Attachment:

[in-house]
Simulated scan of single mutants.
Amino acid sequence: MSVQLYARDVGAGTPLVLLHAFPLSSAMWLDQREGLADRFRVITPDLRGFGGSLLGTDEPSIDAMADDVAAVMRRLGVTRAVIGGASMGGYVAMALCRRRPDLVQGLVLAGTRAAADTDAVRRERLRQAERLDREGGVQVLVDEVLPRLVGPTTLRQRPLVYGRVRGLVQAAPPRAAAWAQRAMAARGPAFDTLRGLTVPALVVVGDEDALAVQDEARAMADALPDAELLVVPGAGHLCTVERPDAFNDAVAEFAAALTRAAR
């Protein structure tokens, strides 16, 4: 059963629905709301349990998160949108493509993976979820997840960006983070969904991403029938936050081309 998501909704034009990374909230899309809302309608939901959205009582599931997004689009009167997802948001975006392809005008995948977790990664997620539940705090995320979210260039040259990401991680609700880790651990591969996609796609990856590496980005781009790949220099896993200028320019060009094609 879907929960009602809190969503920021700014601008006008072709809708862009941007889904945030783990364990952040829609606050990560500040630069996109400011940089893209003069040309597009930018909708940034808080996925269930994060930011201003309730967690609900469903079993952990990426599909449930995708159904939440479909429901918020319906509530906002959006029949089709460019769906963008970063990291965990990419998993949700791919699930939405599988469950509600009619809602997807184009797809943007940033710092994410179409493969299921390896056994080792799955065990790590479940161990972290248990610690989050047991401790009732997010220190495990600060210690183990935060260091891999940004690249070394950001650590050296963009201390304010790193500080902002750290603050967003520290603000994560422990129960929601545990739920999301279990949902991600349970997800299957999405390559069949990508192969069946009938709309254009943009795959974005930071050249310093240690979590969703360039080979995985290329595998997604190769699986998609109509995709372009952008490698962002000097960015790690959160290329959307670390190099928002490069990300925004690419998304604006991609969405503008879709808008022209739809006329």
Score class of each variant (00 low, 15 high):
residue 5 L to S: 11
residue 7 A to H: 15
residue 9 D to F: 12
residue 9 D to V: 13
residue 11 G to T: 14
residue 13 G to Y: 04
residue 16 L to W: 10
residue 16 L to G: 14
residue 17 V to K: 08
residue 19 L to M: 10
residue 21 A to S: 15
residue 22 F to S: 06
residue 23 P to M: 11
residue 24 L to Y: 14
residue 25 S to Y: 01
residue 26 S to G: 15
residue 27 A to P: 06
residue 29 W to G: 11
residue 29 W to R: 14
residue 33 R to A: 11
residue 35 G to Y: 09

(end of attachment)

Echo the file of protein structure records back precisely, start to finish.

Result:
[in-house]
Simulated scan of single mutants.
Amino acid sequence: MSVQLYARDVGAGTPLVLLHAFPLSSAMWLDQREGLADRFRVITPDLRGFGGSLLGTDEPSIDAMADDVAAVMRRLGVTRAVIGGASMGGYVAMALCRRRPDLVQGLVLAGTRAAADTDAVRRERLRQAERLDREGGVQVLVDEVLPRLVGPTTLRQRPLVYGRVRGLVQAAPPRAAAWAQRAMAARGPAFDTLRGLTVPALVVVGDEDALAVQDEARAMADALPDAELLVVPGAGHLCTVERPDAFNDAVAEFAAALTRAAR
């Protein structure tokens, strides 16, 4: 059963629905709301349990998160949108493509993976979820997840960006983070969904991403029938936050081309 998501909704034009990374909230899309809302309608939901959205009582599931997004689009009167997802948001975006392809005008995948977790990664997620539940705090995320979210260039040259990401991680609700880790651990591969996609796609990856590496980005781009790949220099896993200028320019060009094609 879907929960009602809190969503920021700014601008006008072709809708862009941007889904945030783990364990952040829609606050990560500040630069996109400011940089893209003069040309597009930018909708940034808080996925269930994060930011201003309730967690609900469903079993952990990426599909449930995708159904939440479909429901918020319906509530906002959006029949089709460019769906963008970063990291965990990419998993949700791919699930939405599988469950509600009619809602997807184009797809943007940033710092994410179409493969299921390896056994080792799955065990790590479940161990972290248990610690989050047991401790009732997010220190495990600060210690183990935060260091891999940004690249070394950001650590050296963009201390304010790193500080902002750290603050967003520290603000994560422990129960929601545990739920999301279990949902991600349970997800299957999405390559069949990508192969069946009938709309254009943009795959974005930071050249310093240690979590969703360039080979995985290329595998997604190769699986998609109509995709372009952008490698962002000097960015790690959160290329959307670390190099928002490069990300925004690419998304604006991609969405503008879709808008022209739809006329």
Score class of each variant (00 low, 15 high):
residue 5 L to S: 11
residue 7 A to H: 15
residue 9 D to F: 12
residue 9 D to V: 13
residue 11 G to T: 14
residue 13 G to Y: 04
residue 16 L to W: 10
residue 16 L to G: 14
residue 17 V to K: 08
residue 19 L to M: 10
residue 21 A to S: 15
residue 22 F to S: 06
residue 23 P to M: 11
residue 24 L to Y: 14
residue 25 S to Y: 01
residue 26 S to G: 15
residue 27 A to P: 06
residue 29 W to G: 11
residue 29 W to R: 14
residue 33 R to A: 11
residue 35 G to Y: 09